Trump to visit Long Island to speak about war on MS-13

Evelyn Rodriguez's 16-year-old daughter, Kayla Cuevas, fell victim to gang violence on Long Island. She made a plea Thursday ahead of a visit of President Donald Trump.

"This is a problem, this is real, we live it every day," Rodriguez said. "Change has to occur."

Kayla and her friend Nisa Mickens were brutally murdered last September by alleged members of MS-13. Last week, officials announced the arrests of more than 15 members of the violent gang.

Nisa's father Robert Mickens said he welcomes Trump's visit. 

"Hopefully he'll get a better understanding of what's going on out here," Mickens said. "And he needs to see it hands on himself."

Officials are holding MS-13 responsible for at least 17 murders on Long Island since January 2016. These deaths prompted U.S. Attorney General Jeff Sessions to pledge his support during a visit in April. Rodriguez and Mickens, who spoke with Sessions, said they have seen noticeable differences in the community but more needs to be done.

"We need more programs for our kids, we need more programs in our schools," Rodriguez said. "That shouldn't be ever, ever even thought about cutting."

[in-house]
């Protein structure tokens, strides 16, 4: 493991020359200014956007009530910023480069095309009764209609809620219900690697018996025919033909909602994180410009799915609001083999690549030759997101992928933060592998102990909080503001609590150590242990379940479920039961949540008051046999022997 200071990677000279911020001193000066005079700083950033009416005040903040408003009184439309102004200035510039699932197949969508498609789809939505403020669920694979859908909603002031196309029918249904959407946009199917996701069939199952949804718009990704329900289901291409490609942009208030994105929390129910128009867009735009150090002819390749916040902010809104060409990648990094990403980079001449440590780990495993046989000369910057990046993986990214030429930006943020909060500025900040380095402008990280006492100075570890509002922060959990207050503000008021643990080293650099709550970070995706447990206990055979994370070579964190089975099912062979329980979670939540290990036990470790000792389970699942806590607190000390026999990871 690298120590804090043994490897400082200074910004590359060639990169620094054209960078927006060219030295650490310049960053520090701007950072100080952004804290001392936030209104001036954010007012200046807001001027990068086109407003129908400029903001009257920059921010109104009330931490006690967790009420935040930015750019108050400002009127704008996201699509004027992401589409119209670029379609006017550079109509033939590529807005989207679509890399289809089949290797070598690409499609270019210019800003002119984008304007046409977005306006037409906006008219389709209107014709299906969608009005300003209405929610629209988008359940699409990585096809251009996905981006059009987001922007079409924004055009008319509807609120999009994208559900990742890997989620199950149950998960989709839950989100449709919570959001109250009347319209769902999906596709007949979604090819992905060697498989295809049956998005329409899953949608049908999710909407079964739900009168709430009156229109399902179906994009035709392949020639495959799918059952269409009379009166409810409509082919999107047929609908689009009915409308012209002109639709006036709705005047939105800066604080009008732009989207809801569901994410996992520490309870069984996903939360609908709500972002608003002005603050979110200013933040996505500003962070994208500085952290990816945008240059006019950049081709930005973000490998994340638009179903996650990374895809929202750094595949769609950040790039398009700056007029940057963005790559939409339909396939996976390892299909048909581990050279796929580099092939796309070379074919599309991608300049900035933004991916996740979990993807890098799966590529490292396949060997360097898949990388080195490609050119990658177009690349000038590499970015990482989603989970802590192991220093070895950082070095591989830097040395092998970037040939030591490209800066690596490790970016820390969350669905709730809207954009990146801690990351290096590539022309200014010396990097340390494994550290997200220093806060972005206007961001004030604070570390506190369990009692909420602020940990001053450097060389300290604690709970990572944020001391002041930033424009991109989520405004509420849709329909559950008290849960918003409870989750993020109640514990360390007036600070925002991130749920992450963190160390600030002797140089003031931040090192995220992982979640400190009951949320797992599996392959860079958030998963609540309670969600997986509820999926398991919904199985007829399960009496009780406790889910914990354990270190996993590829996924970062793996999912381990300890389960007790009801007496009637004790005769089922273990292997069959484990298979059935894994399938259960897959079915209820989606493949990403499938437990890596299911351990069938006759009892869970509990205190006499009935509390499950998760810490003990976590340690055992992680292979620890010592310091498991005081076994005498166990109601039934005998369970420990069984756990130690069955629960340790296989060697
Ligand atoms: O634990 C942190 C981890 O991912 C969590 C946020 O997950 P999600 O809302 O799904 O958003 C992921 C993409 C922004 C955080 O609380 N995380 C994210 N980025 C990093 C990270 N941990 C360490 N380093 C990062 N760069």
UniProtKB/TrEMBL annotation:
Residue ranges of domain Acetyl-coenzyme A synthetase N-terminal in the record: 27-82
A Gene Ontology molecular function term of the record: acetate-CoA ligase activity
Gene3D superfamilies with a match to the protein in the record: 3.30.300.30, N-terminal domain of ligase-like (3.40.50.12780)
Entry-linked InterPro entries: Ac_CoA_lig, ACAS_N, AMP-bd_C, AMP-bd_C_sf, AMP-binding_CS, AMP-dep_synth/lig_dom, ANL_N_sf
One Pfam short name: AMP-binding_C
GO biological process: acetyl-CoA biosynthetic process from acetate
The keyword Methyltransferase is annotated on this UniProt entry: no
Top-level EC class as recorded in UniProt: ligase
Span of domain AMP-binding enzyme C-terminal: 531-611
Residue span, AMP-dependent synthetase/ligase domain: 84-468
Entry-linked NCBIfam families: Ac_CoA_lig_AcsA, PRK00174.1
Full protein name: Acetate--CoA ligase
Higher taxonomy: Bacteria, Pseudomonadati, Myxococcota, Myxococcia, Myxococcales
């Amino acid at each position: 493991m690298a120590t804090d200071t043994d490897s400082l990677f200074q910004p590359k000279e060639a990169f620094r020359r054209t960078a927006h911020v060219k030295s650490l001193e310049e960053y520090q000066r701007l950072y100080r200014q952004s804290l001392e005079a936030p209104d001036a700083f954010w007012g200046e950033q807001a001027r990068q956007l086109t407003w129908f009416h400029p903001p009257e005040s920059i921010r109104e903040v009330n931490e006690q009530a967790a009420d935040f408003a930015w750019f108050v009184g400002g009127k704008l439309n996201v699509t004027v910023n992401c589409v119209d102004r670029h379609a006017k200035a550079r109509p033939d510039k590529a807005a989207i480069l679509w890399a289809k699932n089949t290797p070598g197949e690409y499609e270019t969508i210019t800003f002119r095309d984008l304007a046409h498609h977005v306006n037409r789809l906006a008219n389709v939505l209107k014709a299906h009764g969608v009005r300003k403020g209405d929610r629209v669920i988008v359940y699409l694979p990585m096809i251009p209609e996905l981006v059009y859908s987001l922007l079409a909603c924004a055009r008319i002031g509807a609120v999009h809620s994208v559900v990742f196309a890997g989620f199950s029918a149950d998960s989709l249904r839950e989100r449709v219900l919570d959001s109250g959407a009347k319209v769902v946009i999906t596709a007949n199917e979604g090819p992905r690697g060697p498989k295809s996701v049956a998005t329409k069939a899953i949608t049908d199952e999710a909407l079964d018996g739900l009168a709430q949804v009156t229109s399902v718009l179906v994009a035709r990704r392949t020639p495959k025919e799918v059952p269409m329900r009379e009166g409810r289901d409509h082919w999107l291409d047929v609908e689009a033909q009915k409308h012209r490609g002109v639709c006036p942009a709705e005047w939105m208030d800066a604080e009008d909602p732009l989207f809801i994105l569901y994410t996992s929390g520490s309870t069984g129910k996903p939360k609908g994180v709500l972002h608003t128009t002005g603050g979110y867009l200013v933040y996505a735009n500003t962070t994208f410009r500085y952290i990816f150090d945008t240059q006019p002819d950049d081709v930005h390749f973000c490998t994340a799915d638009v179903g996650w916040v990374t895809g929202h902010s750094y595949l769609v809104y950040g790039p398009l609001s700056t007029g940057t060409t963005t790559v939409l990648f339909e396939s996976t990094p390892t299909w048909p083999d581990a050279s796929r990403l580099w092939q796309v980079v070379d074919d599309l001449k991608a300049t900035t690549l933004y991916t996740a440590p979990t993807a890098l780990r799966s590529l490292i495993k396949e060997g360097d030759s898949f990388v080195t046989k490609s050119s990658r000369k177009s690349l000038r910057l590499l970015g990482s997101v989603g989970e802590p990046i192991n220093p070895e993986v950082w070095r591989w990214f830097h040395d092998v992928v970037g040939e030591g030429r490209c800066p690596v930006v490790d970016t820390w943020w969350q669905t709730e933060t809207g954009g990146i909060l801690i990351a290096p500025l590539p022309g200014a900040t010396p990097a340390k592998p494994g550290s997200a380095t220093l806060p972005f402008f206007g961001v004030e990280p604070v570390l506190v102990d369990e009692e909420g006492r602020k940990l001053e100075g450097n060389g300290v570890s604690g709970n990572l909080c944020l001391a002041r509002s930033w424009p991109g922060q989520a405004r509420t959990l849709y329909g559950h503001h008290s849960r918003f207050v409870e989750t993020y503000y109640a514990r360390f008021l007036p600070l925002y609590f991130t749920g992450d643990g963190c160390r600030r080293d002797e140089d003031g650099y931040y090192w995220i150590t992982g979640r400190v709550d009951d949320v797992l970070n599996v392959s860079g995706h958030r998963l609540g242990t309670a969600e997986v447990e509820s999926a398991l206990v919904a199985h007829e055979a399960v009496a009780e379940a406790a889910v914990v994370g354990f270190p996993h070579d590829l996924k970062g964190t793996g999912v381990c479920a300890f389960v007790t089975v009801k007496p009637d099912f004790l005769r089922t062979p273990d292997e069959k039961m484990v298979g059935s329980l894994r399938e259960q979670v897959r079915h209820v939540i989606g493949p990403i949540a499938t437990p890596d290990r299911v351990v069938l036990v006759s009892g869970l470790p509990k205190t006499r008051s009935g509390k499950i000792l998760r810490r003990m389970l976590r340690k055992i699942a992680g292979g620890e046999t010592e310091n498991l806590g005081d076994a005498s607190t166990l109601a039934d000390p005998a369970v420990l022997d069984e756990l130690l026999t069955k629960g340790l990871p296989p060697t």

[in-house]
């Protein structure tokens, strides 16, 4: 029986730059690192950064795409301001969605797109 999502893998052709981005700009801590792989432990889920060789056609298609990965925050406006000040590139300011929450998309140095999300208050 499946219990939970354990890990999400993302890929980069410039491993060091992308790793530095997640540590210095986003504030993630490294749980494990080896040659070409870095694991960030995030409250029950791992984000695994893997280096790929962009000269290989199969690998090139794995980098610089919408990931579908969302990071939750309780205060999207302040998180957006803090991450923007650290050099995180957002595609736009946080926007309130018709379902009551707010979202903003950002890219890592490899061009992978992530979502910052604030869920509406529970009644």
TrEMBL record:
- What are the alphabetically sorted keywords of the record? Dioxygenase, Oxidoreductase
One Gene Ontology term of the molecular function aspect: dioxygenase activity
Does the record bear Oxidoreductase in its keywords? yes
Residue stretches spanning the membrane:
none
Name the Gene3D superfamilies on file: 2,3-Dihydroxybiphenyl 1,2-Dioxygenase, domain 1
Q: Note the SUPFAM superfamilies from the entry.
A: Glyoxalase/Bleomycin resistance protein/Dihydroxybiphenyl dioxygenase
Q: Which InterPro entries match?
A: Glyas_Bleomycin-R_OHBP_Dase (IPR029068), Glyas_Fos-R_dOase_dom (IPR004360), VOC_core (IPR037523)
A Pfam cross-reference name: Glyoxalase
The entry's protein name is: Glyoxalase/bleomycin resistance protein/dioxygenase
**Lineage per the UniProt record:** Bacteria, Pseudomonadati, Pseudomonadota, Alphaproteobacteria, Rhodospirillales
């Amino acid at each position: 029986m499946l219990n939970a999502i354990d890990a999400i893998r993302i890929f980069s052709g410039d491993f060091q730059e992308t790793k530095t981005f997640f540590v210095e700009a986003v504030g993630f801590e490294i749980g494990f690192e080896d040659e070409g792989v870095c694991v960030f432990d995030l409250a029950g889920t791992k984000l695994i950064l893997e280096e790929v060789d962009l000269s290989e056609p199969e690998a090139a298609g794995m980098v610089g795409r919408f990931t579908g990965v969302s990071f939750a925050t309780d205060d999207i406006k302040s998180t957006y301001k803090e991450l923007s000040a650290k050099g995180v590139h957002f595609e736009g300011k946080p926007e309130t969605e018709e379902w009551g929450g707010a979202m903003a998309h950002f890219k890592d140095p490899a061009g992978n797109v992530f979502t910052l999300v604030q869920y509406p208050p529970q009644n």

Not everyone is as hopeful. Immigrant groups are planning to protest Trump's visit. They said the White House is using local tragedies to fuel their anti-immigrant agenda.

"The oldest rivalry on Long Island has been going on between these two gangs and no, it's not MS-13 and 18th Street, it's not the Bloods and Crips," Sergio Argueta, the founder of S.T.R.O.N.G., said Thursday. "It's the 'Democrips' and the 'Rebloodicans' -- the most cold-hearted gangsters in the country."

But Rep. Peter King, R-New York, said he disagrees. He called Trump's visit "historic" with one purpose in mind.

"For those who question his motives on immigration, questioning his motives on going after MS-13 -- they should be ashamed of themselves for putting politics and selfish self-interests ahead of human life," he said.

Trump will be speaking to mostly federal, state, and local law enforcement. King also said the president plans to talk to some of the family members of those who have been killed.